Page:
.

By Nick Creely

For every ball sent down on Australia Day, Sean Mulqueen was paying tribute to an Australian soldier tragically killed in Afghanistan.
Sean, a veteran himself of six years in the Australian Army as part of the Royal Australian Engineers, has seen many of his mates sadly killed in combat.
But now Sean, back living in Australia with his wife and family, is ensuring that the lives lost will not be forgotten, establishing a special event on Australia Day, which he is hoping will become a marquee fixture for locals in the south-east area for years to come.
The 42 Ball Bash, a cricket tournament which is similar to Twenty20 cricket but only has 42 balls per side, recognises and pays tribute to the lives lost in Afghanistan, which currently sits at 42, and the veterans who come home and live with the experiences of war.
“The 42 Ball Bash was put together to raise money for the ’42 for 42′ and ‘Diggers Rest – A Soldiers retreat’, with both organisations honouring the soldiers who paid the ultimate sacrifice in the Afghanistan war, as well as all their families and other returned veterans,” Sean said.
“The proceeds from the day will be going to the projects and the programs in helping returned veterans and veteran families.
“We used the cricket tournament to be the first fundraiser for the year; it was an idea that came together with Silvio Marinelli, Joe Hackett and Brad Mcdonald.”
The event, which was held at Casey Fields in Cranbourne, was a raging success, with eight clubs taking part – Merinda Park, Cardinia, Clyde, Cranbourne, Carlisle Park Vikings, who put in two teams, as well as a 42 for 42 side and a Diggers Rest team.
Merinda Park met Cardinia in the final, with the game coming down to the final three balls.
All teams pay a small fee and get to play competitive cricket on turf wickets, with other festivities, such as raffles, a catching tournament with the bowling machine, barbecues and a jumping castle ran by the Cranbourne Cricket Club.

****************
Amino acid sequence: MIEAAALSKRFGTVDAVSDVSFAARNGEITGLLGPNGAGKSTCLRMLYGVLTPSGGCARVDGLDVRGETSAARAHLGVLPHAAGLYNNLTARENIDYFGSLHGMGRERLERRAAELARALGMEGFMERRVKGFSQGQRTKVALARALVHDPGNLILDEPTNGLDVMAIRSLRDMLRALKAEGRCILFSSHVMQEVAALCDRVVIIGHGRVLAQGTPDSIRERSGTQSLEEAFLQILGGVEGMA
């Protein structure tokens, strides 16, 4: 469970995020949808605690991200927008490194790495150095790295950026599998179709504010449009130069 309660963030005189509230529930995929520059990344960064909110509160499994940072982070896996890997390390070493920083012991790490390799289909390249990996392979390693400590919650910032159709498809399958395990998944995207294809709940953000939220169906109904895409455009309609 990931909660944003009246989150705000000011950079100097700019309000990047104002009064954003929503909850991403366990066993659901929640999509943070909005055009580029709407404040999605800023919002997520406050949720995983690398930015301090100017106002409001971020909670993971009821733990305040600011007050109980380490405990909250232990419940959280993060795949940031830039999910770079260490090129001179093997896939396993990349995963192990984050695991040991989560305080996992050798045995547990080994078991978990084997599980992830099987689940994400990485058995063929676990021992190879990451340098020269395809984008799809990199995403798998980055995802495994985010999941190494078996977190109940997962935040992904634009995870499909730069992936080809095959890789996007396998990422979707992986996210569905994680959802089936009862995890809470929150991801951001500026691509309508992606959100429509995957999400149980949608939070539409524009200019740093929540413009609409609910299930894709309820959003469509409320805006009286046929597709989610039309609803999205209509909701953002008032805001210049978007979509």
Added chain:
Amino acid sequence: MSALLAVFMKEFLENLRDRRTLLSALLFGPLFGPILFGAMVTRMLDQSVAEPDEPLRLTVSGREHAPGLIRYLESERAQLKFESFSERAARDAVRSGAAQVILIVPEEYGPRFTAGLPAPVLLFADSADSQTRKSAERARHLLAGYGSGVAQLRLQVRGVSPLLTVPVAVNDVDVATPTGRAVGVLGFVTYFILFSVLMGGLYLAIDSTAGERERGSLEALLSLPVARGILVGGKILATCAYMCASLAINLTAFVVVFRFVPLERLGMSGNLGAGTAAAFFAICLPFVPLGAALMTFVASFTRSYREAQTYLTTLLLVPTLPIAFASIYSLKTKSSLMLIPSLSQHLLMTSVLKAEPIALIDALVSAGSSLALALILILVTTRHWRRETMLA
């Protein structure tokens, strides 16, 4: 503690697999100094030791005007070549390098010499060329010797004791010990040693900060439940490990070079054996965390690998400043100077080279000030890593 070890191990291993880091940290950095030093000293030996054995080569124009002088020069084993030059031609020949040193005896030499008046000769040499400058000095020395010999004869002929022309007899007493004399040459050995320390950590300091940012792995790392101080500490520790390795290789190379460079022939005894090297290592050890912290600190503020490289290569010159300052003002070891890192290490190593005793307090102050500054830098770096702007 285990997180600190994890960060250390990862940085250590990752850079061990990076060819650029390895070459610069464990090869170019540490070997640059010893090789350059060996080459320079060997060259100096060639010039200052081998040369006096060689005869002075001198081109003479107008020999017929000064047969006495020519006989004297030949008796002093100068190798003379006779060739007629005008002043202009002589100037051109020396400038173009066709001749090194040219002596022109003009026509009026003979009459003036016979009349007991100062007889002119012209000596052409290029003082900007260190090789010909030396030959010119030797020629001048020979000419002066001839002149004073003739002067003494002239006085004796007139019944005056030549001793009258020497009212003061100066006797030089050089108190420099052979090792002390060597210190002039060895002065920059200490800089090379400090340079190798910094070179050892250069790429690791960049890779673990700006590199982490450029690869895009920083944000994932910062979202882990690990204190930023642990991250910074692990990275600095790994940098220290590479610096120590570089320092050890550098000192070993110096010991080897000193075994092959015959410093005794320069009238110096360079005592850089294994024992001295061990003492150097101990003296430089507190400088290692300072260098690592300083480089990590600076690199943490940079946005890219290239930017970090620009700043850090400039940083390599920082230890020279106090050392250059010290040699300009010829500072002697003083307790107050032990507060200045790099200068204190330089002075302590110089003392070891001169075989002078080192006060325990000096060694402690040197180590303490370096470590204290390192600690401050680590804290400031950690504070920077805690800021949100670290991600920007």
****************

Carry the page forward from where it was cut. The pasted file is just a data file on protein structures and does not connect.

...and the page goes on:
“We were very fortunate and lucky to have Andy Ligt and the Cranbourne Cricket Club support myself and the boys again,” Sean explained.
“They have been involved with some other events in helping with returned veterans.
“The idea is to get veterans and families to know they can have a bad and sad day and can remember the tough times, however life goes on and it takes one step at a time as well as a little bit of weight of our shoulders.
“When we started planning the 42 Ball Bash we wanted to keep the same mindset and get everyone to start having fun.
“We can always remember, but it doesn’t need to be sad and sombre moments, we can make it fun and enjoyable.
“That’s why the idea of a cricket tournament on Australia Day was thought of.
“It was fun, enjoyable and the cricket was the best way to get everyone involved. “
The 42 Ball Bash will be on again next Australia Day, with the hope more people and more teams will get behind the cause.

Comments are closed.

More News

It seems there’s a push down Gippsland way to launch a bid for the 2028 Olympic Games. A detailed letter ...

Bayles Primary School has been presented with a giant Bendigo Bank cheque for its Good Friday Appeal fundraising efforts. Bendigo ...

The Ripe for Change Small Grants Program will be providing up to $10,000 to innovative food system projects in the Cardinia ...

A magistrate has criticised an ice-addict’s corrections-order regime as “a joke” after the man terrorised family members weeks after ...

McMillan MP Russell Broadbent has called out his own government for favouring large for-profit aged care providers. The Federal MP ...

Latest Sport

Tough, hard, aggressive, uncompromising, and a vocal presence with high standards – it’s little wonder Officer young-gun Callum Porter has ...

More than almost any other sport, footy has a real sense of theatre. Inverloch Kongwak coach Ben Soumilas and younger ...

Cora Lynn enters the first season of the West Gippsland Football Netball Competition as a three-time reigning premier but with ...